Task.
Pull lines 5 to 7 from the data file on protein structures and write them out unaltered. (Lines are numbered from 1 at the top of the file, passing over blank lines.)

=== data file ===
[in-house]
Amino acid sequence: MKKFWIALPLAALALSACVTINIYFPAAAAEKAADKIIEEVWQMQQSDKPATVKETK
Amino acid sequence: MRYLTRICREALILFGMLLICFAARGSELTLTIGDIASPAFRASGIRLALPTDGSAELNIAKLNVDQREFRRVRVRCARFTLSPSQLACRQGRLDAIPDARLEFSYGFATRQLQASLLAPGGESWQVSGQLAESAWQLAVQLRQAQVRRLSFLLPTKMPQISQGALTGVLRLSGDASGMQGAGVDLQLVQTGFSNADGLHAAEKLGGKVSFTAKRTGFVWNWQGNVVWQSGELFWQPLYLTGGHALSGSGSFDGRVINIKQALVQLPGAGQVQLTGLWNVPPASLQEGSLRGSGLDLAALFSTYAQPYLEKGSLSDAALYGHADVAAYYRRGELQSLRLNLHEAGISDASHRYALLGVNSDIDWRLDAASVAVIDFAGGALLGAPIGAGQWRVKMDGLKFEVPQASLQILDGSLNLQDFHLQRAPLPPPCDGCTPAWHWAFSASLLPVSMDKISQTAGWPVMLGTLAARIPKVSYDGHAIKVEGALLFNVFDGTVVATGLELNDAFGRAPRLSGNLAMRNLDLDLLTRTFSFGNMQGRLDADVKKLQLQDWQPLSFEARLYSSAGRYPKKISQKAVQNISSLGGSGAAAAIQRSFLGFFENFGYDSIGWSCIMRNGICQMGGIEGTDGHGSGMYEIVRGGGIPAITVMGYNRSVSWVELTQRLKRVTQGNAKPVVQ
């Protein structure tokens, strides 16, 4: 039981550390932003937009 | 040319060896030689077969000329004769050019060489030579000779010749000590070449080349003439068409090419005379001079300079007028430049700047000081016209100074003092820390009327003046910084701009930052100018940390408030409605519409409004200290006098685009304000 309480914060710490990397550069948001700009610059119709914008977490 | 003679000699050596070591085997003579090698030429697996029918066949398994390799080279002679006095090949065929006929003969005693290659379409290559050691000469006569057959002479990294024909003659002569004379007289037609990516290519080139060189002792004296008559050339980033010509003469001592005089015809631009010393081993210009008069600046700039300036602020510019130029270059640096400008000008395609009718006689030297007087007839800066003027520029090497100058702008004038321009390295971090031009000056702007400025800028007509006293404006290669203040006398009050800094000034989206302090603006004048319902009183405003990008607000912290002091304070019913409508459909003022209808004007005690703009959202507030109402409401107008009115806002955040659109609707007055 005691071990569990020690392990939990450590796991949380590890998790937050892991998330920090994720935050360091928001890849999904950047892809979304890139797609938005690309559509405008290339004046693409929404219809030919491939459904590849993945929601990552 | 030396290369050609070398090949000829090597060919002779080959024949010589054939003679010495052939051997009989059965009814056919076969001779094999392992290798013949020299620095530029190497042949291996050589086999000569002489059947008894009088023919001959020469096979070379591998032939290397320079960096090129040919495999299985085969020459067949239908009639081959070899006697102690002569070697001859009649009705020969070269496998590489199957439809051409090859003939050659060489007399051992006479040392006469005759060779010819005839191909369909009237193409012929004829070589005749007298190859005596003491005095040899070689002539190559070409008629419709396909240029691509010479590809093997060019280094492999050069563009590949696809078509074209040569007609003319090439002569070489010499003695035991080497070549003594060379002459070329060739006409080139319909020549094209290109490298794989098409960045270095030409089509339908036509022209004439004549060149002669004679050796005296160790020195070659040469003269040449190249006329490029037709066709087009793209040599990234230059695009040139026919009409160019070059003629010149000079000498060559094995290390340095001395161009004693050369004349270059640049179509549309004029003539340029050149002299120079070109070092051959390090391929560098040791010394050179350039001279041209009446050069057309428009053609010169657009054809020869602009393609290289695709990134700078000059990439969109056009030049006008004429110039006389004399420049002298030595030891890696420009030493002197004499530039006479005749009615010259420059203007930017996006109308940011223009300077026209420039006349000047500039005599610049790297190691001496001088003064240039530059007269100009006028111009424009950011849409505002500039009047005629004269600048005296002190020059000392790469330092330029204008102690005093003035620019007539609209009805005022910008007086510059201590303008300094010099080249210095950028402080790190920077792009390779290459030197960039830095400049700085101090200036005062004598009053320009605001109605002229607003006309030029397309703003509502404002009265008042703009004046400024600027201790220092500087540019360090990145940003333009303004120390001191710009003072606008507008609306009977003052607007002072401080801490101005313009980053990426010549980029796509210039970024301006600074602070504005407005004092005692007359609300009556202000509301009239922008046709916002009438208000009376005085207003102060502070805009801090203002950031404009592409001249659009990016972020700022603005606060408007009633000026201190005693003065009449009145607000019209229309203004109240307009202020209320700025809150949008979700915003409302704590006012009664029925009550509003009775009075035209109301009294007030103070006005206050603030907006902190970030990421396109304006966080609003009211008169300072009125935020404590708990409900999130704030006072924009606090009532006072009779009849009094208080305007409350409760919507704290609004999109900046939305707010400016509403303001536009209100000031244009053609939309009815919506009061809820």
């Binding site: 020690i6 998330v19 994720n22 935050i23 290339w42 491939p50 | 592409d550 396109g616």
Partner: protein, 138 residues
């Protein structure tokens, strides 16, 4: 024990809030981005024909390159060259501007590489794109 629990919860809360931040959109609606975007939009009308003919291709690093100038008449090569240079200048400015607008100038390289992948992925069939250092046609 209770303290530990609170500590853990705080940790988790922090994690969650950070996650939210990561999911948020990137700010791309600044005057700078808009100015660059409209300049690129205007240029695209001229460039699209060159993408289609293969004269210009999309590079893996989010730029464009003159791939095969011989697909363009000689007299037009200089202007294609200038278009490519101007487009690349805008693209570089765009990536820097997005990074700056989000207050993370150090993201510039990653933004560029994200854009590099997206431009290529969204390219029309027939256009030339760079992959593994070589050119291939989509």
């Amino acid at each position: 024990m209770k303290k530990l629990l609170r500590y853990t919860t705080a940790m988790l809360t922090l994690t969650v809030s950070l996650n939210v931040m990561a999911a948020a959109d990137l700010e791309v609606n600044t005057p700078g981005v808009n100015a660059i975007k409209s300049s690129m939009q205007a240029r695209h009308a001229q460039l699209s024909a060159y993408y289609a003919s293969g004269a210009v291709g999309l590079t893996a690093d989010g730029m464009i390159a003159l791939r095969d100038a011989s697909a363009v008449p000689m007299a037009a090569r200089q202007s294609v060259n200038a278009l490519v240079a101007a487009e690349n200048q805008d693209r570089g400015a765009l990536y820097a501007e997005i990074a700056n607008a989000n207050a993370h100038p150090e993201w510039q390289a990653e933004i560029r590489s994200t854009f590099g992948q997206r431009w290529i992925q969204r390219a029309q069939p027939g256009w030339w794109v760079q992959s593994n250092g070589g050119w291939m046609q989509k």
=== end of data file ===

């Binding site: 020690i6 998330v19 994720n22 935050i23 290339w42 491939p50 | 592409d550 396109g616």
Partner: protein, 138 residues
């Protein structure tokens, strides 16, 4: 024990809030981005024909390159060259501007590489794109 629990919860809360931040959109609606975007939009009308003919291709690093100038008449090569240079200048400015607008100038390289992948992925069939250092046609 209770303290530990609170500590853990705080940790988790922090994690969650950070996650939210990561999911948020990137700010791309600044005057700078808009100015660059409209300049690129205007240029695209001229460039699209060159993408289609293969004269210009999309590079893996989010730029464009003159791939095969011989697909363009000689007299037009200089202007294609200038278009490519101007487009690349805008693209570089765009990536820097997005990074700056989000207050993370150090993201510039990653933004560029994200854009590099997206431009290529969204390219029309027939256009030339760079992959593994070589050119291939989509």